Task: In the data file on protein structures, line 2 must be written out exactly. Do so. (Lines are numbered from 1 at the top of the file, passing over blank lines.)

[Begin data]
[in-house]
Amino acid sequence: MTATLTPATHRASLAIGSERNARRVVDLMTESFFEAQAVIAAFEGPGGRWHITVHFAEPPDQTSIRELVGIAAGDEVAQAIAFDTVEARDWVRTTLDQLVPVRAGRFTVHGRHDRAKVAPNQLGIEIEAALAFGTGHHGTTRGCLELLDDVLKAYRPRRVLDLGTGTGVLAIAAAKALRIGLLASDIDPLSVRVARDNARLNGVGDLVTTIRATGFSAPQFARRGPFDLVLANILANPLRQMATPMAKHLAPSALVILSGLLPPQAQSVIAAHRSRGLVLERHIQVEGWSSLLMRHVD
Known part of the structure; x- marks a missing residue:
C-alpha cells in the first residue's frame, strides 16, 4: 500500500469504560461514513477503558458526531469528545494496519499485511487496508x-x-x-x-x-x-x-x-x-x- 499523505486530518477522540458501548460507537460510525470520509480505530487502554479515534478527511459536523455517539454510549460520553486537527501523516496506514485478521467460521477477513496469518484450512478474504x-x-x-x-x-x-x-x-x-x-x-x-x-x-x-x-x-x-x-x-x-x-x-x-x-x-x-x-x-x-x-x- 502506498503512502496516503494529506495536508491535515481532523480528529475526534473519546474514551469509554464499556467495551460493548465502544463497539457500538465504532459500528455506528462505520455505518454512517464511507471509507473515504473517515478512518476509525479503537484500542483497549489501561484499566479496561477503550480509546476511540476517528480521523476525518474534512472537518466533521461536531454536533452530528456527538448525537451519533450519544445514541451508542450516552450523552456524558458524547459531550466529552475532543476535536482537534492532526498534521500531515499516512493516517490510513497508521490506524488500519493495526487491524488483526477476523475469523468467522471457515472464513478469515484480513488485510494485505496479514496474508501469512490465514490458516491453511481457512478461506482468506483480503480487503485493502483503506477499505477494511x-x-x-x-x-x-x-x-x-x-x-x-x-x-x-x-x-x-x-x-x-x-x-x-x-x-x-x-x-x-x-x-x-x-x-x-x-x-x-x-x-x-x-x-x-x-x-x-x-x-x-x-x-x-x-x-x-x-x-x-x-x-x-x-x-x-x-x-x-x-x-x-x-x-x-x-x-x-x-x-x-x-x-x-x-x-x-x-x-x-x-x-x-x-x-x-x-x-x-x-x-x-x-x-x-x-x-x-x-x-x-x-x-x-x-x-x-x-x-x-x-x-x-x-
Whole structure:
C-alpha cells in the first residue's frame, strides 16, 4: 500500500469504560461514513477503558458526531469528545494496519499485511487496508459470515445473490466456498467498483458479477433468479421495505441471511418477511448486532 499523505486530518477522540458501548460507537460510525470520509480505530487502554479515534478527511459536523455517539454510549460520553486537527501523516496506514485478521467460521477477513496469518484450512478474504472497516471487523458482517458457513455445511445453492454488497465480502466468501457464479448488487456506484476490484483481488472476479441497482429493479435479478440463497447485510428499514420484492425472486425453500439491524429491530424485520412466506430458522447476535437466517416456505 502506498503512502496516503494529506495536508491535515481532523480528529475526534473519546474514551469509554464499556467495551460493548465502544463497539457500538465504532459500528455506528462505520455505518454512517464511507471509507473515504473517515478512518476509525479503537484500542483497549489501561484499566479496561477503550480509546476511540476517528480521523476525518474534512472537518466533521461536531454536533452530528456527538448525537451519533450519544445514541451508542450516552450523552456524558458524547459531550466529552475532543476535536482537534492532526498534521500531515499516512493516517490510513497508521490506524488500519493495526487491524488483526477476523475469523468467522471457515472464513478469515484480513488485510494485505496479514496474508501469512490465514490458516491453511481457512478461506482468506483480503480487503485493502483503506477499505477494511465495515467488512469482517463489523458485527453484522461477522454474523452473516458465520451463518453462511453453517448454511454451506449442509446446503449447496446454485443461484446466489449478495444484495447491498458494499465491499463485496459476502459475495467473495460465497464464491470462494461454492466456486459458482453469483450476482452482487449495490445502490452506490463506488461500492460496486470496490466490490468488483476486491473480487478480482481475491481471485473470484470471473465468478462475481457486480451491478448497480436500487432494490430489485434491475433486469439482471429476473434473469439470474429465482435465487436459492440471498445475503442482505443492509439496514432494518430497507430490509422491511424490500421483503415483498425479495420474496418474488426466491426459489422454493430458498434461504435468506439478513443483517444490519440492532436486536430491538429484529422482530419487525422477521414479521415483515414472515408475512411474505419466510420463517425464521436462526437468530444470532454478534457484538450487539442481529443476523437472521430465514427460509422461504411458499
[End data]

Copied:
Amino acid sequence: MTATLTPATHRASLAIGSERNARRVVDLMTESFFEAQAVIAAFEGPGGRWHITVHFAEPPDQTSIRELVGIAAGDEVAQAIAFDTVEARDWVRTTLDQLVPVRAGRFTVHGRHDRAKVAPNQLGIEIEAALAFGTGHHGTTRGCLELLDDVLKAYRPRRVLDLGTGTGVLAIAAAKALRIGLLASDIDPLSVRVARDNARLNGVGDLVTTIRATGFSAPQFARRGPFDLVLANILANPLRQMATPMAKHLAPSALVILSGLLPPQAQSVIAAHRSRGLVLERHIQVEGWSSLLMRHVD